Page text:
For some reason, I did. And the judge was right. But, what about all those other stupid people who ruined my life, abandoned me, left me to be abused? Rather than speak, I nodded slowly.
“And I tell you right now,” rambled the judge, “were you eighteen years old today, I would likely be sentencing you to time in an adult facility.”
Judge Stinson hesitated, glancing down at the papers given to him by Mr. Sebastian. Looking back up he said, “Now it is my understanding that your parents are requesting a postponement on your sentencing so that you might participate in some rehab program of their choosing. Miss Green, are you aware of this arrangement?”
I stood silent while the judge stared into my eyes. You’ve seen them before, asshole. It’s been the same each time I appear before him. He stares and stares. It’s as if I were cursed at birth with eyes so different that everyone I meet looks at me like I’m a freak. Those few seconds seemed forever, like a dream, as I glared back, rapt in what seemed like a standoff. My mind drifted into his, reading some sort of sympathy in his thoughts, and I began to wonder if perhaps he was not as mean as he had let on to be.
“Young lady, do not ignore my question.”
“You ... have not granted me permission ... sir.”
After a deep breath for patience, Judge Stinson said, “You have my permission. Now answer the question, please.”
“No, Sir, I was not aware of their arrangements, but I guess I am now.”
“And do you believe that time away in such a facility can bring you back to reality?”
“Is it like the prison I've been in for the last month?”
“Prison! Miss Green, I can assure you that the juvenile center you've been held is not a prison. Its conditions are nothing like what you may soon be facing.”
Focusing one row behind me, Judge Stinson said, “I would like the parents of the defendant to stand also.”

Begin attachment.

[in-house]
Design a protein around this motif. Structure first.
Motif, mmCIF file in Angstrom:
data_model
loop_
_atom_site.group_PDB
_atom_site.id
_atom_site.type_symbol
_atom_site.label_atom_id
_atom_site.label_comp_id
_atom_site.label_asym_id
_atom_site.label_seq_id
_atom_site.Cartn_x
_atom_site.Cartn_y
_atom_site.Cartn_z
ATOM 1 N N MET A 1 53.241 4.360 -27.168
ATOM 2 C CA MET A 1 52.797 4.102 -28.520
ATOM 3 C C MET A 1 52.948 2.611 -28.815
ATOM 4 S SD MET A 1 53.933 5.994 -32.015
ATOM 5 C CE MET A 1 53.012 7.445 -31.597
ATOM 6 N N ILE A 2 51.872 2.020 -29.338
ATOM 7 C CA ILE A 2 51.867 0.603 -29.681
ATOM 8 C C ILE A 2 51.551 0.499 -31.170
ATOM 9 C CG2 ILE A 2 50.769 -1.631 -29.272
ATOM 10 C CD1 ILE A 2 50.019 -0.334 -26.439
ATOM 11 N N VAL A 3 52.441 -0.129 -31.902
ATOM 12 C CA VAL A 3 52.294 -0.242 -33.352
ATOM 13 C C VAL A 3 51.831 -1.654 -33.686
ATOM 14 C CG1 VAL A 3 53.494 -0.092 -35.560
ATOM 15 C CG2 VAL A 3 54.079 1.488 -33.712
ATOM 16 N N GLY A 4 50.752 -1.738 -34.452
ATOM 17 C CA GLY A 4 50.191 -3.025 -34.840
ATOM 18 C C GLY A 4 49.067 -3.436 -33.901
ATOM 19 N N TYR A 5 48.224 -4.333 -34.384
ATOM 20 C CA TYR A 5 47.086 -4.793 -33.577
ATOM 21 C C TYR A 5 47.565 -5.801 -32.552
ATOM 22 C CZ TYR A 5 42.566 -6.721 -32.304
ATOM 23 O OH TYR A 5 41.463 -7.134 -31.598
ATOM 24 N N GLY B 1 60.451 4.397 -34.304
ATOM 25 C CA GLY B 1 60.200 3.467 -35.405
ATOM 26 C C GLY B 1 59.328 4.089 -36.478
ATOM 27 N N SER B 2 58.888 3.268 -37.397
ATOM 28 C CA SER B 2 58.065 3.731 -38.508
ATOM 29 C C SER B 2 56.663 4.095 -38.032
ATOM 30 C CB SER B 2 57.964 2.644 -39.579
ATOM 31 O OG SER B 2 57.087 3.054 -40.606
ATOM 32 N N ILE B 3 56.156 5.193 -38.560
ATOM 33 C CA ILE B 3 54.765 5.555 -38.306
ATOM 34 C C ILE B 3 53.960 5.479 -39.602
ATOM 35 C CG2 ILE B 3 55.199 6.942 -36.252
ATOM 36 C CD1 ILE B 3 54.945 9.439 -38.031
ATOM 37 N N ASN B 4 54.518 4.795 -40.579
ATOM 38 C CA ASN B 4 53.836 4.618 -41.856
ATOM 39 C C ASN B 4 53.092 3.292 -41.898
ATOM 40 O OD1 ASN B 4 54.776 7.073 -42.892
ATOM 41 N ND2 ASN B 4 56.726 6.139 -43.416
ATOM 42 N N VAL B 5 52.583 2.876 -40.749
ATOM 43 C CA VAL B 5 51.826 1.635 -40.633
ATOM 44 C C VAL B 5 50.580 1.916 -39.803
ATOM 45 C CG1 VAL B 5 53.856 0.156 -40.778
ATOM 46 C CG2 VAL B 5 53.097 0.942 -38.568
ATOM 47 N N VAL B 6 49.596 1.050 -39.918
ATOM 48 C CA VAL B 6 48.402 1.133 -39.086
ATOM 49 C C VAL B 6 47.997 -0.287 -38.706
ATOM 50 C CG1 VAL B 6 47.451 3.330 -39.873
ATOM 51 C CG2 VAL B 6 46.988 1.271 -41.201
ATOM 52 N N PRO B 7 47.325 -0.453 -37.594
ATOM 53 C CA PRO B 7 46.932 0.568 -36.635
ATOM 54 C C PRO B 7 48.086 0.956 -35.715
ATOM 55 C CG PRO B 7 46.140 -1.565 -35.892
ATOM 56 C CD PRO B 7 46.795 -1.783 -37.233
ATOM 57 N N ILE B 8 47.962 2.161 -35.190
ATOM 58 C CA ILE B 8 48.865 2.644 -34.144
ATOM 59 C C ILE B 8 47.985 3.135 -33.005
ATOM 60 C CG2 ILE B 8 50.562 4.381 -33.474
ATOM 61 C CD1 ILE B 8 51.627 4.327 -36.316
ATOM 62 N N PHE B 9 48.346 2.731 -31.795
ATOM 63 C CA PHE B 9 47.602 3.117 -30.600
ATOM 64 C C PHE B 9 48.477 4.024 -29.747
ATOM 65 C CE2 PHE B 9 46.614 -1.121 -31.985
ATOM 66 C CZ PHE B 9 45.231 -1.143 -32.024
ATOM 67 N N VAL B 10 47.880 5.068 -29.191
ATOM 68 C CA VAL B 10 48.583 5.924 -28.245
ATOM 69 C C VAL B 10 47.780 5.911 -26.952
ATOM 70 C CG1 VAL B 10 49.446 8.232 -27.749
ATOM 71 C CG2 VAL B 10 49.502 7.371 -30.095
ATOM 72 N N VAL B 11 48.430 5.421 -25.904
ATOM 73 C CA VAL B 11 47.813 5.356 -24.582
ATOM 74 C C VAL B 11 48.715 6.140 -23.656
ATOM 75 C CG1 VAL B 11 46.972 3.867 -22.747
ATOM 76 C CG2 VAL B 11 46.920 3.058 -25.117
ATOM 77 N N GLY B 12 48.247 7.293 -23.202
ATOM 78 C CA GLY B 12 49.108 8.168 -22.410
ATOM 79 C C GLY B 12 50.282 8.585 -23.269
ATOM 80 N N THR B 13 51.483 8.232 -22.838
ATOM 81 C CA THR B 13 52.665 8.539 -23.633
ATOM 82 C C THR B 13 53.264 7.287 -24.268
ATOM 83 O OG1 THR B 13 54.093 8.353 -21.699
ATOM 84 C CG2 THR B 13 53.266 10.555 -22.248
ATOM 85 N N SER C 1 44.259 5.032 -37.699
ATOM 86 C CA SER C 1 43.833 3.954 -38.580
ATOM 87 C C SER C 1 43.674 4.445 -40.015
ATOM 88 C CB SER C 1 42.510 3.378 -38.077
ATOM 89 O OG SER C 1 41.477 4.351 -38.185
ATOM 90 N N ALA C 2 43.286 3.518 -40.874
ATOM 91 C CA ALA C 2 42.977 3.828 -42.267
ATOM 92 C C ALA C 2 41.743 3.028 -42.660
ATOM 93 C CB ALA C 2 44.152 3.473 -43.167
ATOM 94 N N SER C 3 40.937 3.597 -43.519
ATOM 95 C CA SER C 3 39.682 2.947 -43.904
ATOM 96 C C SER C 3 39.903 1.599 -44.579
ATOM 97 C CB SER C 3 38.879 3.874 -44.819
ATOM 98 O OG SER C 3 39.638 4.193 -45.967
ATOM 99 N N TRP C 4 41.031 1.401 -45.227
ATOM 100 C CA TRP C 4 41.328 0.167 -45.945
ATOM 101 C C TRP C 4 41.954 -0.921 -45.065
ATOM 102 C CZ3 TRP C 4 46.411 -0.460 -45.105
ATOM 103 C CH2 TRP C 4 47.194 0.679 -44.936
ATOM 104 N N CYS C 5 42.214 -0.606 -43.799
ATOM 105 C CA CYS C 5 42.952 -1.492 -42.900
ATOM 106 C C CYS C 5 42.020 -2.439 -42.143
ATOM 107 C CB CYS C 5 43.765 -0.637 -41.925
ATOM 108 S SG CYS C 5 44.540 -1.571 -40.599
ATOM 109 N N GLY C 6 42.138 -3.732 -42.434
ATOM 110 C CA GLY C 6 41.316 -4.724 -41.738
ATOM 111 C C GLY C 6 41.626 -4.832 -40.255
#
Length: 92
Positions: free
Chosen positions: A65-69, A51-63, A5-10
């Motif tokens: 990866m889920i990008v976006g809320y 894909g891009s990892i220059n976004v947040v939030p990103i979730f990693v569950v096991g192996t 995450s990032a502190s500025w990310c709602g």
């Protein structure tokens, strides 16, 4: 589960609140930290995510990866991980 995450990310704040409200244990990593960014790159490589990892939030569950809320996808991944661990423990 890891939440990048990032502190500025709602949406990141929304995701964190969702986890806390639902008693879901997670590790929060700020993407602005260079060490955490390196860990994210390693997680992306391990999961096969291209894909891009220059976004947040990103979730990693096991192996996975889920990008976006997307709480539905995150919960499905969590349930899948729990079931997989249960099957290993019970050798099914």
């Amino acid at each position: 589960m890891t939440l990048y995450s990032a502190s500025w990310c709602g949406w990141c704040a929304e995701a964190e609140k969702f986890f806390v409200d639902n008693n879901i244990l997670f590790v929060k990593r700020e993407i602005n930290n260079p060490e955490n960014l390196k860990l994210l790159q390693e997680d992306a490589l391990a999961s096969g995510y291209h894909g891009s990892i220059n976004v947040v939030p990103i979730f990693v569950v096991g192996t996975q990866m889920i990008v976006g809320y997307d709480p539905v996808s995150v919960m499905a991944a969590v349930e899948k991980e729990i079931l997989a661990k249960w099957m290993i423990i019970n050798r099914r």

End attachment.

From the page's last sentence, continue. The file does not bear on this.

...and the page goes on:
Glancing back, I saw the man in back of the room had removed his glasses. He seemed concerned. After Daddy helped Melanie to her feet, the judge continued. “Doctor and Mrs. Green, in six weeks your daughter will no longer be a juvenile. For me to postpone sentencing today, you and your daughter must agree that when she returns from the facility you call Grayson Springs, in Kentucky, this Court will have the option of sentencing her as an adult.”
“Kentucky?” I blurted. “How could you?”
“Miss Green,” the judge scolded. “Hold your comments!” After hesitation, he continued, “As I was saying, if your daughter does not come back with a good report and a better attitude, I warn you now that she may be spending time in jail. Not a juvenile center, but an adult facility.”
I turned to Daddy and whispered, “How could you?”
“Do you as legal guardians understand and agree?” reiterated the judge.
In unison, both stated, “Yes Your Honor, we do.”
“And you Ms. Green ... do you fully understand the ramifications of postponing your sentencing as I have described?”
Fuck yes, I understand! They're sending me back to hell. “Yes, Your Honor ... I do.”
“Good,” announced the judge. “Let the Court make record that the defendant and her parents have indicated they fully understand all that has been said.... Dr. and Mrs. Green, though I have no control over such, I suggest you avoid contact with your daughter during her time away. She has ignored your good advice, as well as that of this Court and her school advisors. Perhaps time away will do her good. She needs to miss you and to see what she is potentially giving up.” After scanning his calendar, he continued, “Ms. Green ... today is Maaaaaaaay the sixteenth. Your program is to start on ... the twenty-third. Six weeks will put us in the holiday week of the Fourth of July. I’ll not return myself until the following week. You be back in my court on Monday, July the eleventh. I suggest you make the best of your time away. Come back here a changed woman, or your Independence Day celebration will be short lived.... Next case.”
Outside the courtroom, my parents stopped to speak to Mr. Sebastian. Two of my classmates from Stuyvesant were waiting. Jason—dressed in black, decorated with a studded necklace, multiple piercings, and coal black hair—greeted me with a quick kiss on the cheek. “Sorrrrreeee sweetie. It was already started when we got here, so we were afraid to interrupt. You okay?” he asked.
“No,” I answered honestly.
“What's the verdict?” asked Darleen, a female version of Jason.
“I have to go away.”
“To prison?” shrieked Darleen. Over her shoulder, I grinned at my girlfriend from Sacred Heart, Shauna, a well-dressed opposite to Jason and Darleen, as she hurriedly joined us.
“No,” I answered. “Some place in Kentucky.”